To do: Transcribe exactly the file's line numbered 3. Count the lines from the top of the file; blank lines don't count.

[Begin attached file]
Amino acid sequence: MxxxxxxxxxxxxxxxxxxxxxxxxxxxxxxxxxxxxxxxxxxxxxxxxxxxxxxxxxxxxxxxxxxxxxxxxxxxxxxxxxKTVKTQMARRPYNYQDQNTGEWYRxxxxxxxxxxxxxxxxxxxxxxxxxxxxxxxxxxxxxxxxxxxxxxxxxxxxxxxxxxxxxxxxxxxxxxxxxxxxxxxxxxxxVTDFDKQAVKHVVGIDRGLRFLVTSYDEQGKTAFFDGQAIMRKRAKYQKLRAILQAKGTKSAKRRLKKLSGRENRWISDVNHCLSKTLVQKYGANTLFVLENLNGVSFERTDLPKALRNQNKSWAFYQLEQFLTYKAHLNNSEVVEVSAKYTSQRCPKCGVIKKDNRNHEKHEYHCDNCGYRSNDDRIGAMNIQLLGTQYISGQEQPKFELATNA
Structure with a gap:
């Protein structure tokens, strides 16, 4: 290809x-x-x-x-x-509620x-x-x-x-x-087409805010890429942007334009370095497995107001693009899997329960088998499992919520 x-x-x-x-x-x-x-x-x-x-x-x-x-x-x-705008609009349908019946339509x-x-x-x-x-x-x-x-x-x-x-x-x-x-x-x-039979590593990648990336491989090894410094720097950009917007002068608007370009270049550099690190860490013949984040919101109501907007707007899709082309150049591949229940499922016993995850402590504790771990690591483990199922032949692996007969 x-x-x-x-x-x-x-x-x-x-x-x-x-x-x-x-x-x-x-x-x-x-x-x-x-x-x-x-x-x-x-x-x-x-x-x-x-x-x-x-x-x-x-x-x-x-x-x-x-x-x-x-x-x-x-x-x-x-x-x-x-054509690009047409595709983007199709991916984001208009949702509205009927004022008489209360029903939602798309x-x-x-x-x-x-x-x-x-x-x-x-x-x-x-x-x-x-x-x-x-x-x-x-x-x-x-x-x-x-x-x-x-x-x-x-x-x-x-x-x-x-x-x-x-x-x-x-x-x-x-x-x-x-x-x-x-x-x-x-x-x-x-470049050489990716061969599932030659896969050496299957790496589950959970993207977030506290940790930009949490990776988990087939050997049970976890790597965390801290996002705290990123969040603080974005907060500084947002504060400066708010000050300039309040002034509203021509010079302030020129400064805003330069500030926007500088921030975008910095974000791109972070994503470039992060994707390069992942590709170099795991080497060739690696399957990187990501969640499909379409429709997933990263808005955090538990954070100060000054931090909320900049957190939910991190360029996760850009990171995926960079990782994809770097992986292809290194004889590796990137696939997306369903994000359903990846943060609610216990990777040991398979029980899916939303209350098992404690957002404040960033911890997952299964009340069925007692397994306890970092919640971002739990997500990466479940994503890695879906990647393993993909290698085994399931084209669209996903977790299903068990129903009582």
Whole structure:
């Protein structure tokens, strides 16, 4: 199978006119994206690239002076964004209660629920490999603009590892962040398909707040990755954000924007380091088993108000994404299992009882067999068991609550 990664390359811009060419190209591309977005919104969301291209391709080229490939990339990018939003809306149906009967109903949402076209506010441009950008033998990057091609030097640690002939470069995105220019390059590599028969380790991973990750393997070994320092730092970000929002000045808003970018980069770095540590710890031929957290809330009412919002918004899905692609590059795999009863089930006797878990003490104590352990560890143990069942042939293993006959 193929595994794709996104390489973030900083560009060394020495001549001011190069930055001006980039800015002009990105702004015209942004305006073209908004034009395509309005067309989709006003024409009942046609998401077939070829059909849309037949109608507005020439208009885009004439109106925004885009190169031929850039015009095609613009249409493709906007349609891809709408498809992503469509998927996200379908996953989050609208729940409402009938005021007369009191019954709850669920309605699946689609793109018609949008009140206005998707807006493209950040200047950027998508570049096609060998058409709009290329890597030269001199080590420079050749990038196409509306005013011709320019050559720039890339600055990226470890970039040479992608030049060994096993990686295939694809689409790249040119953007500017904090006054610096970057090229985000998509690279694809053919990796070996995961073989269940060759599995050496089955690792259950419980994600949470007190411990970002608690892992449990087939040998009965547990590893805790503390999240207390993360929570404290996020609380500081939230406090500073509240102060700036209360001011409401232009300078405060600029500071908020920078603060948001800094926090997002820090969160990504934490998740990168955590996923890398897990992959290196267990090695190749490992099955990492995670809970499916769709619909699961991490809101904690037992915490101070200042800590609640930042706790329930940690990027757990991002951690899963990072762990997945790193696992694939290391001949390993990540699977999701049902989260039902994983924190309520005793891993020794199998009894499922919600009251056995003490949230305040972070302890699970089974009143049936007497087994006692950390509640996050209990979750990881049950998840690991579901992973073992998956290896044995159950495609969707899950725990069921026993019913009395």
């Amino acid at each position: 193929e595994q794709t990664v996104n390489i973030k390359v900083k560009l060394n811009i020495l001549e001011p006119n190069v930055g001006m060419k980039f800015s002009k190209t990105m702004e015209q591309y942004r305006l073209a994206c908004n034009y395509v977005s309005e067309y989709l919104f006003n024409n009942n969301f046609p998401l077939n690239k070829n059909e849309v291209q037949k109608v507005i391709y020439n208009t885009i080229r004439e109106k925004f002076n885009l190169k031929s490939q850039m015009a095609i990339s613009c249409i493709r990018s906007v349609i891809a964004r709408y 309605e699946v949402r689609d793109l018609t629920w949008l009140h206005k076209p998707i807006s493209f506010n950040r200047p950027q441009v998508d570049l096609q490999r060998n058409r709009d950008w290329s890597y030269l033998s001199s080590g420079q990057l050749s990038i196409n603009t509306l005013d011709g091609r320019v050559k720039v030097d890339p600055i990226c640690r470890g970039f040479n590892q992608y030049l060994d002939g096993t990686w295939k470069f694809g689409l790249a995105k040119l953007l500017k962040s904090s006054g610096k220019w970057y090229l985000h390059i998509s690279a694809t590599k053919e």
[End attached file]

């Protein structure tokens, strides 16, 4: 290809x-x-x-x-x-509620x-x-x-x-x-087409805010890429942007334009370095497995107001693009899997329960088998499992919520 x-x-x-x-x-x-x-x-x-x-x-x-x-x-x-705008609009349908019946339509x-x-x-x-x-x-x-x-x-x-x-x-x-x-x-x-039979590593990648990336491989090894410094720097950009917007002068608007370009270049550099690190860490013949984040919101109501907007707007899709082309150049591949229940499922016993995850402590504790771990690591483990199922032949692996007969 x-x-x-x-x-x-x-x-x-x-x-x-x-x-x-x-x-x-x-x-x-x-x-x-x-x-x-x-x-x-x-x-x-x-x-x-x-x-x-x-x-x-x-x-x-x-x-x-x-x-x-x-x-x-x-x-x-x-x-x-x-054509690009047409595709983007199709991916984001208009949702509205009927004022008489209360029903939602798309x-x-x-x-x-x-x-x-x-x-x-x-x-x-x-x-x-x-x-x-x-x-x-x-x-x-x-x-x-x-x-x-x-x-x-x-x-x-x-x-x-x-x-x-x-x-x-x-x-x-x-x-x-x-x-x-x-x-x-x-x-x-x-470049050489990716061969599932030659896969050496299957790496589950959970993207977030506290940790930009949490990776988990087939050997049970976890790597965390801290996002705290990123969040603080974005907060500084947002504060400066708010000050300039309040002034509203021509010079302030020129400064805003330069500030926007500088921030975008910095974000791109972070994503470039992060994707390069992942590709170099795991080497060739690696399957990187990501969640499909379409429709997933990263808005955090538990954070100060000054931090909320900049957190939910991190360029996760850009990171995926960079990782994809770097992986292809290194004889590796990137696939997306369903994000359903990846943060609610216990990777040991398979029980899916939303209350098992404690957002404040960033911890997952299964009340069925007692397994306890970092919640971002739990997500990466479940994503890695879906990647393993993909290698085994399931084209669209996903977790299903068990129903009582």